Justice minister may look into the rehiring of RUC officers
Justice Minister David Ford is being asked to change the law to penalise former RUC officers who are rehired by the PSNI as civilians within five years of retiring.
Hundreds of former officers have been re-employed by the police in recent years.
Many of them have been able to keep large lump sum payments they received under the Patten redundancy scheme.
But earlier this month Sinn Fein called for the law to be changed.
More than 4,000 former RUC officers have retired during the past 10 years.
But hundreds of them have returned to work within the PSNI as civilians.
Legislation introduced in 2003 stated that anyone who volunteered to retire early under the Patten scheme has to repay any lump sum payment if they re-join the police within a five-year period.
But that rule does not apply to anyone hired from a recruitment agency as a civilian.
Sinn Fein wants officers who took large severance packages to repay the money if they have gone back to police work.
Policing Board member Gerry Kelly said: "People who went out through the Patten scheme got huge severance packages, probably the best in the world.
"In some of these circumstances you are talking about people taking the package and coming back within months - sometimes to do the same job as they left. None of that is acceptable.
"What is clear about this is it is not right, it is not the way to take the policing project forward and we need to put an end to it and the justice minister can do that."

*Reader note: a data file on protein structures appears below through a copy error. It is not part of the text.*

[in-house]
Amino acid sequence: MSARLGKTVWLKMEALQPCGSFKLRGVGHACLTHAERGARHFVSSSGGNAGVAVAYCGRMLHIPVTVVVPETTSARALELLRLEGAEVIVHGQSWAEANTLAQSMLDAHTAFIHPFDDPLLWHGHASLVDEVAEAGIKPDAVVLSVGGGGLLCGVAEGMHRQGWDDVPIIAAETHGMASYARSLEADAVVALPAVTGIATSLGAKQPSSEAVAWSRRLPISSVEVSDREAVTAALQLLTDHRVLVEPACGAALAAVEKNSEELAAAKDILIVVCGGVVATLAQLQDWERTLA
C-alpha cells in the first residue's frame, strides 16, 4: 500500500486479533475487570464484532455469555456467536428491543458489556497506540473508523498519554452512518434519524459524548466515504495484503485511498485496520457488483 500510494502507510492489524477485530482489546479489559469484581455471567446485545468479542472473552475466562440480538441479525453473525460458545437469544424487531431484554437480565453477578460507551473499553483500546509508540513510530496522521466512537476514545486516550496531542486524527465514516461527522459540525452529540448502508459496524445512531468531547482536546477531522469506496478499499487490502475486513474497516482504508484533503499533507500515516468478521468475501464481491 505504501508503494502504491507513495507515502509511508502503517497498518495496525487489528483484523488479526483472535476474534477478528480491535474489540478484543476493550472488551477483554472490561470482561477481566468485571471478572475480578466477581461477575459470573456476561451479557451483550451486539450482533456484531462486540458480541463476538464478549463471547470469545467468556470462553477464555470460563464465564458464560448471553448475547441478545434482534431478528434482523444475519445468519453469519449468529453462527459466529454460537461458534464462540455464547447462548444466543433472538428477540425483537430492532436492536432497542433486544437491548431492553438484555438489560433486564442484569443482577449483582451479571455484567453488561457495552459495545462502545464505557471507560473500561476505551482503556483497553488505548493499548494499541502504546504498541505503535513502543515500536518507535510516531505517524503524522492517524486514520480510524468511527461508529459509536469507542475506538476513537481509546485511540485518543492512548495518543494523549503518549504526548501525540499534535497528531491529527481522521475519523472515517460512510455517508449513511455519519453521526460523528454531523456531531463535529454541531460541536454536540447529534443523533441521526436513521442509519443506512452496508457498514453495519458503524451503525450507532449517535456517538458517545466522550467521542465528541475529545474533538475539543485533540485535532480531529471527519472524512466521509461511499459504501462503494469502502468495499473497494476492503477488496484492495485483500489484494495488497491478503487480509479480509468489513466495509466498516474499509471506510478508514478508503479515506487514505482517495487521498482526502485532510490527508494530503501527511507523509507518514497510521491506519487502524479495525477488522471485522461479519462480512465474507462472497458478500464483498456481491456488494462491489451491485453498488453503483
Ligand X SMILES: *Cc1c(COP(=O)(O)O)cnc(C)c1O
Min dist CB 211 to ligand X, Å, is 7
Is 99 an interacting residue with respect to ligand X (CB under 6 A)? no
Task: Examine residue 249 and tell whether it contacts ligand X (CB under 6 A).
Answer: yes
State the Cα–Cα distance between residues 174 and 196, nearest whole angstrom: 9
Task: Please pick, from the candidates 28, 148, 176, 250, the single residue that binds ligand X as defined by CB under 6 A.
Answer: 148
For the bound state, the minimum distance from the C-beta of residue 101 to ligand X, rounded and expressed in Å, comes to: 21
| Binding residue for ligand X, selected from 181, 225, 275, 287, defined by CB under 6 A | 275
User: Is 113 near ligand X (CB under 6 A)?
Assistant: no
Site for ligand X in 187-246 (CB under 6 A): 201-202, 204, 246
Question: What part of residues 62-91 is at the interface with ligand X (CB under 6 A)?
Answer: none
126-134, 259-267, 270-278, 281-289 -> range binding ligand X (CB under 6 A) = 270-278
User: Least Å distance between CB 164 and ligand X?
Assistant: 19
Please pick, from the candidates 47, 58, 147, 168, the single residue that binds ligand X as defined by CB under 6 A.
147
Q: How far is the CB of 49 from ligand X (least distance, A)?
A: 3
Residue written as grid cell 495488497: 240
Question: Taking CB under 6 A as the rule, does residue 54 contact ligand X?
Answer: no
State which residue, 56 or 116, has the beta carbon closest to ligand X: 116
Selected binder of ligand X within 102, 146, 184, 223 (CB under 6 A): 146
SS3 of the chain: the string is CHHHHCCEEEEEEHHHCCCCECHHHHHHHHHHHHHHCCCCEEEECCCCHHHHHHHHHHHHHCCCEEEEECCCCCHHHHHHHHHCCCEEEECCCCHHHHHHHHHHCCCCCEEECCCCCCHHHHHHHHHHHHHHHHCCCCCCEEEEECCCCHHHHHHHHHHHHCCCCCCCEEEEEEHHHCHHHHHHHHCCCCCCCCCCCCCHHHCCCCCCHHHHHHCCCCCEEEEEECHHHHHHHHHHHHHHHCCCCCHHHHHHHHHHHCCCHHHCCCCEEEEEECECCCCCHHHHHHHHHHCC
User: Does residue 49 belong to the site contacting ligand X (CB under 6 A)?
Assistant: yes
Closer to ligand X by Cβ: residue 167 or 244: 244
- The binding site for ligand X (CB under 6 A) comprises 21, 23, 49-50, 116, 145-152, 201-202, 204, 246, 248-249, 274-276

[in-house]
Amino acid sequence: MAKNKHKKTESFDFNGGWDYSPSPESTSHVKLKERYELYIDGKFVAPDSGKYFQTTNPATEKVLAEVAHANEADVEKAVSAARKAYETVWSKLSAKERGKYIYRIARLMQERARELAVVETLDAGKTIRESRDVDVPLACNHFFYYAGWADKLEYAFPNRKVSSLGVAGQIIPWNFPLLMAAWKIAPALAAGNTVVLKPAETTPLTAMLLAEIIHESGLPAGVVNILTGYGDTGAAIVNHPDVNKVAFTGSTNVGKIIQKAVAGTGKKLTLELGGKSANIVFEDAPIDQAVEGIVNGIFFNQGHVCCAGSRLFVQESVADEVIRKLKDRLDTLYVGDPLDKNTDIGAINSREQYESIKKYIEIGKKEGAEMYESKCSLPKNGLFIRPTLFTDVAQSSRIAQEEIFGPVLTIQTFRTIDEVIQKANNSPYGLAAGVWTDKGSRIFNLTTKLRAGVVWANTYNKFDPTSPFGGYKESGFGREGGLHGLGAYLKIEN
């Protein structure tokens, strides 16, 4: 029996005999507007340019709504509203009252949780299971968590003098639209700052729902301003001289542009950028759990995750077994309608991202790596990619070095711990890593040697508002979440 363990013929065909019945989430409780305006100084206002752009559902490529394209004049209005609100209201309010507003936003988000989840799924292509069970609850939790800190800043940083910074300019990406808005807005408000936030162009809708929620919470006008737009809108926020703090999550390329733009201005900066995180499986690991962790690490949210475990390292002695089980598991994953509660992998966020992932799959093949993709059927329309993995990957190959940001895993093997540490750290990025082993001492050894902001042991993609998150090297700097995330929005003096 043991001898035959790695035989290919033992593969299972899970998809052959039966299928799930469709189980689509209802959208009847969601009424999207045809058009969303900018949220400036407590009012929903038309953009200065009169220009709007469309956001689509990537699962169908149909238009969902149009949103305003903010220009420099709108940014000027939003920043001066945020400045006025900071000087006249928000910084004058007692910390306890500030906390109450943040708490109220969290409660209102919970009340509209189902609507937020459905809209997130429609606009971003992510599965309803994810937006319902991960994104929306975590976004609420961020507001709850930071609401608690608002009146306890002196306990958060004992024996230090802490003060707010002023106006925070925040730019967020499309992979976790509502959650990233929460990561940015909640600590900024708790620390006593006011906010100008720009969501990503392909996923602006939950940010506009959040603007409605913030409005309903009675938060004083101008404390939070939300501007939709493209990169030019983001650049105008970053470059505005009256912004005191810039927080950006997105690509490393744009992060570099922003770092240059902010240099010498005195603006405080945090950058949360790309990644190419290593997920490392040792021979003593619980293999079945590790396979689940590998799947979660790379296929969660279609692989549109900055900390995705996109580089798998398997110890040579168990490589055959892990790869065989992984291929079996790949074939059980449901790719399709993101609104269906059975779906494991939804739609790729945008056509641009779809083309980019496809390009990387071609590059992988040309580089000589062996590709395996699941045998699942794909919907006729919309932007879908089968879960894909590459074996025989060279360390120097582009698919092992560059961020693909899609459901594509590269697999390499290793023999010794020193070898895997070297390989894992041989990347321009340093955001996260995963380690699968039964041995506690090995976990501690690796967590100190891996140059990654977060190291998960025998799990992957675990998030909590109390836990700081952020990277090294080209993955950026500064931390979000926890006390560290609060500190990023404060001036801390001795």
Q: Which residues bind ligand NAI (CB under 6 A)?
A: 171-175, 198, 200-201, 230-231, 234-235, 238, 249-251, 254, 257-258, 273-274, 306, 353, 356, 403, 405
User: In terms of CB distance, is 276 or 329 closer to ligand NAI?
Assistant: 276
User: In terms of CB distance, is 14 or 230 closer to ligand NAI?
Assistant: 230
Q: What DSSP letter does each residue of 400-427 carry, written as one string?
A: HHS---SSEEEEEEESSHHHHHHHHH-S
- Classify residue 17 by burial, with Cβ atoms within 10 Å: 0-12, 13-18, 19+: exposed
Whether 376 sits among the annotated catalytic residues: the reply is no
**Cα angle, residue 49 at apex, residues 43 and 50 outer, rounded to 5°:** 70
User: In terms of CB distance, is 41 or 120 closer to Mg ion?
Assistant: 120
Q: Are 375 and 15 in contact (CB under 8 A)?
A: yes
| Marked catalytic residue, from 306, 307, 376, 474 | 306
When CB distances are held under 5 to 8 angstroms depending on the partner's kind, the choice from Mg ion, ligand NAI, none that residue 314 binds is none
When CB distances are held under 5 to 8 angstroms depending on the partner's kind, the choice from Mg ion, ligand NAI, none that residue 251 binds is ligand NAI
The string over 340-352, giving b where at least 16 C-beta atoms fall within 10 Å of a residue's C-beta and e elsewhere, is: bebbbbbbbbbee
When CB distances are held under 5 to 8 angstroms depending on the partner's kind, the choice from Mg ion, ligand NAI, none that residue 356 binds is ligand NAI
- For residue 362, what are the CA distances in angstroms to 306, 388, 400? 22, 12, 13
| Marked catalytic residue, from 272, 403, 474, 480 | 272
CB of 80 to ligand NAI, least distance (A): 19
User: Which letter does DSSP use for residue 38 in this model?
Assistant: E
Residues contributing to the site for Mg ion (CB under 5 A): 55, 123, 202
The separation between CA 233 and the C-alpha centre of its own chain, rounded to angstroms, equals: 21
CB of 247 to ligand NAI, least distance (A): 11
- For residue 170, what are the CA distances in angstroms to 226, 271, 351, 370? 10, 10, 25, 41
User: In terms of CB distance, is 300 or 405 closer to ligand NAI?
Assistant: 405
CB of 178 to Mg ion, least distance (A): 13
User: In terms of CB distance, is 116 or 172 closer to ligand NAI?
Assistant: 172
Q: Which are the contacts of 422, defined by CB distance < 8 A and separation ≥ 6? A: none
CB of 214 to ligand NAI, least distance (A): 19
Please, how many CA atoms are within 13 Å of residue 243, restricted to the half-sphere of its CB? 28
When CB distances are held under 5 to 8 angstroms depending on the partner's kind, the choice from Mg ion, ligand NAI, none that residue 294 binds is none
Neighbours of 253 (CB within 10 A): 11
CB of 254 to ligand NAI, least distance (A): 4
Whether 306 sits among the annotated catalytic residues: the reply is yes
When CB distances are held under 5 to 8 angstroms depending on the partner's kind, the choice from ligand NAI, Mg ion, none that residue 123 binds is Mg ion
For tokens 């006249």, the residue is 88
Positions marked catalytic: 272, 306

Mr Ford said he was happy to discuss the matter but there are unlikely to be any changes in the immediate future.
"It can only be done by the assembly. That would require approval by the justice committee, the executive and by the assembly as a whole," he said.
"But I am not persuaded at this stage that it would be an issue which will be easy to address or it will be a process which would achieve what is being said.
"I am open to dialogue about the issue, but what is abundantly clear is there are wider employment law issues which would be brought in and I remain to be convinced that it would make the kind of change suggested."
In a statement a PSNI spokesperson said: "The Police Service of Northern Ireland will continue, as it always has done, to follow UK and European employment legislation.
"As an employer, we are duty bound to do so. This legislation does not allow discrimination against any individual based on their former employment."